Front Page Titles (by Subject) chapter ten: On the Persecution of a Religious Belief - Principles of Politics Applicable to All Governments
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chapter ten: On the Persecution of a Religious Belief - Benjamin Constant, Principles of Politics Applicable to All Governments 
Principles of Politics Applicable to a all Governments, trans. Dennis O’Keeffe, ed. Etienne Hofmann, Introduction by Nicholas Capaldi (Indianapolis: Liberty Fund, 2003).
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On the Persecution of a Religious Belief
Finally, the government acts harmfully when it proscribes a religion because it thinks it dangerous, and the harm will not be any the less when the government’s judgment is right. When it punishes the culpable acts a religion causes to be committed, not as religious acts but as culpable ones, it will easily succeed in repressing them. If it attacked them as religious, it would turn them into duties for the fanatical, and if it wanted to reach right back to the thinking which is their source, it would become involved in a labyrinth of endless persecutions, harassments, and iniquities. The only way to weaken an opinion is to establish free discussion. Now, anyone who speaks of free enquiry speaks of distance from government of any type, the absence of any collective intervention. Such enquiry is essentially individual.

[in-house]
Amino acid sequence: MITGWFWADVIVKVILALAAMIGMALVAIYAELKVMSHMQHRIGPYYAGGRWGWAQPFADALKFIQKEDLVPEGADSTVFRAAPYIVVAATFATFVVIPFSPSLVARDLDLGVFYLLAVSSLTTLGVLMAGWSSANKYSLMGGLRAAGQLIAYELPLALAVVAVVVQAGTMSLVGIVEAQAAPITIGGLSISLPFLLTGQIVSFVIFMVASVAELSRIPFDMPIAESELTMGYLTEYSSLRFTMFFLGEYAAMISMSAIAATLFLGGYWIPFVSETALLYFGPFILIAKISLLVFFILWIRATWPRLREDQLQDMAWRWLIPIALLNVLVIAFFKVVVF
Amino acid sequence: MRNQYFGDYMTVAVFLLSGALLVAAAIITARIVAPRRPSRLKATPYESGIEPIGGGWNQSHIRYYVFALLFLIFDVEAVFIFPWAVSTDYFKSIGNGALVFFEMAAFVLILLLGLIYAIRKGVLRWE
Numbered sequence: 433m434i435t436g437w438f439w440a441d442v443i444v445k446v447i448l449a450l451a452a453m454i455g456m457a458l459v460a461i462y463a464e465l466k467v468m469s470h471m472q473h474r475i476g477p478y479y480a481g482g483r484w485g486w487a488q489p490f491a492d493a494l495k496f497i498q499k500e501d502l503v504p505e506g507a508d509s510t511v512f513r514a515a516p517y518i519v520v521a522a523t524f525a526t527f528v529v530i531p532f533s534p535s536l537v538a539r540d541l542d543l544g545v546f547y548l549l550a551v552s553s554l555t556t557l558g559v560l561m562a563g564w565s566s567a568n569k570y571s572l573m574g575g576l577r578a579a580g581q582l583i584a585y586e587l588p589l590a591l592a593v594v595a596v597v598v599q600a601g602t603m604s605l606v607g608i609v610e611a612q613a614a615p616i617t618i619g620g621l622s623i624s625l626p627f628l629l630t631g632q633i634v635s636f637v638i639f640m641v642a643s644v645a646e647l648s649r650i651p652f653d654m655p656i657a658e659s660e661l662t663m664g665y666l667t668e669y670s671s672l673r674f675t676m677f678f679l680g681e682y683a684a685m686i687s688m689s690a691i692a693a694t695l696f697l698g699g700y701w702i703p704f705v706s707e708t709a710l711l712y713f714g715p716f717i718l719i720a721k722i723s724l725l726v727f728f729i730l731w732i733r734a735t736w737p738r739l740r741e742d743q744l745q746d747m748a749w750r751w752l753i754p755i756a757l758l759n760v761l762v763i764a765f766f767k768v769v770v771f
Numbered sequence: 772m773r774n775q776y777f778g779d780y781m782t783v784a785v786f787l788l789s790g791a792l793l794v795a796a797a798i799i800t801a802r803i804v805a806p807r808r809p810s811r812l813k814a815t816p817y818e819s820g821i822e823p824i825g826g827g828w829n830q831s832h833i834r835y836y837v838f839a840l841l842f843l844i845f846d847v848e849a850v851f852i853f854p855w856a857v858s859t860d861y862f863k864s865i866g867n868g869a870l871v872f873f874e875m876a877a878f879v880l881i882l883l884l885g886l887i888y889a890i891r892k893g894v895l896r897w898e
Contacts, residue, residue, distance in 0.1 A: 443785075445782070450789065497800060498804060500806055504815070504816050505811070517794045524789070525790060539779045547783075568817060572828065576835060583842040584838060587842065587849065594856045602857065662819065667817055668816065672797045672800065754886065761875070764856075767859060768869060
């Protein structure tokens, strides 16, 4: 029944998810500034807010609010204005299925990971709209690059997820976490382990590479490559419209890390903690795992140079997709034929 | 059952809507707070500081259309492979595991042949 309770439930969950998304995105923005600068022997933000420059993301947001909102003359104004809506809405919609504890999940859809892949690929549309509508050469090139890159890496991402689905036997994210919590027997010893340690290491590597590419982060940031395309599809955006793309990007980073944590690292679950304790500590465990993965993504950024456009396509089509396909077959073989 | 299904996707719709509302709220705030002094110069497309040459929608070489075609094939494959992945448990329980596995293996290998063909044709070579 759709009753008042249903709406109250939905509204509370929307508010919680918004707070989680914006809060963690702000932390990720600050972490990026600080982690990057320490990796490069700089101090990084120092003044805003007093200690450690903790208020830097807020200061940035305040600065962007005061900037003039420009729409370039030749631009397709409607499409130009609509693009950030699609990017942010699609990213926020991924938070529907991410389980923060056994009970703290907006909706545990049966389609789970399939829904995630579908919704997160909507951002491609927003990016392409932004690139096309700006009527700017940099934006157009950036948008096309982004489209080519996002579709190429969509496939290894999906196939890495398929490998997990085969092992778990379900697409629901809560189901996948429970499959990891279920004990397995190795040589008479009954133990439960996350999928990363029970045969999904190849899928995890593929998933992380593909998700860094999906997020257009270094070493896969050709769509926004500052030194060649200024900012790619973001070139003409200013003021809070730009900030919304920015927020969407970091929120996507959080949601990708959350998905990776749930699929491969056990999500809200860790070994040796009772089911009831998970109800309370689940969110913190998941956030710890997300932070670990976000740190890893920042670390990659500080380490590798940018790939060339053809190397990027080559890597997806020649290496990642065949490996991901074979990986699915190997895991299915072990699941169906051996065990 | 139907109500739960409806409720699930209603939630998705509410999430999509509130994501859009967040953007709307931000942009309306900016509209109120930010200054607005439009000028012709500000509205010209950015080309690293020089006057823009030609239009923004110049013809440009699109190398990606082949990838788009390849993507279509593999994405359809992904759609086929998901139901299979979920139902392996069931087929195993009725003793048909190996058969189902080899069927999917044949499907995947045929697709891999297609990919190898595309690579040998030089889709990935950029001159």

In order for persecution, which naturally revolts sensibilities and binds them to the persecuted belief, on the contrary to succeed in destroying this belief, minds must be debased, and not only must the religion one wishes to destroy be subjected to attack, but so must all moral and virtuous sentiments. To persuade a man to despise or abandon one of his fellow creatures whose misfortune is due to an opinion, that is to say, unjustly, to set him today to abandon the doctrine he professed yesterday, because it is suddenly threatened, you have to stifle all the justice and  pride in him. To restrict the harsh measures taken against a religion to its ministers, as has been done among us, is to trace an illusory limit. These measures soon attack all those who share the same doctrine, and next they attack all those who pity the misfortune of the oppressed. “Let no one tell me,” said M. de Clermont-Tonnerre in 1791, and events have doubly justified his prediction, “let no one tell me that in pursuing to the bitter end priests said to be refractory, we will extinguish all opposition. I hope the opposite precisely because of my regard for the French nation. For any nation which gives way to force in questions of conscience is a nation so vile, so corrupted, that nothing can be hoped from it, either by way of reason or freedom.”10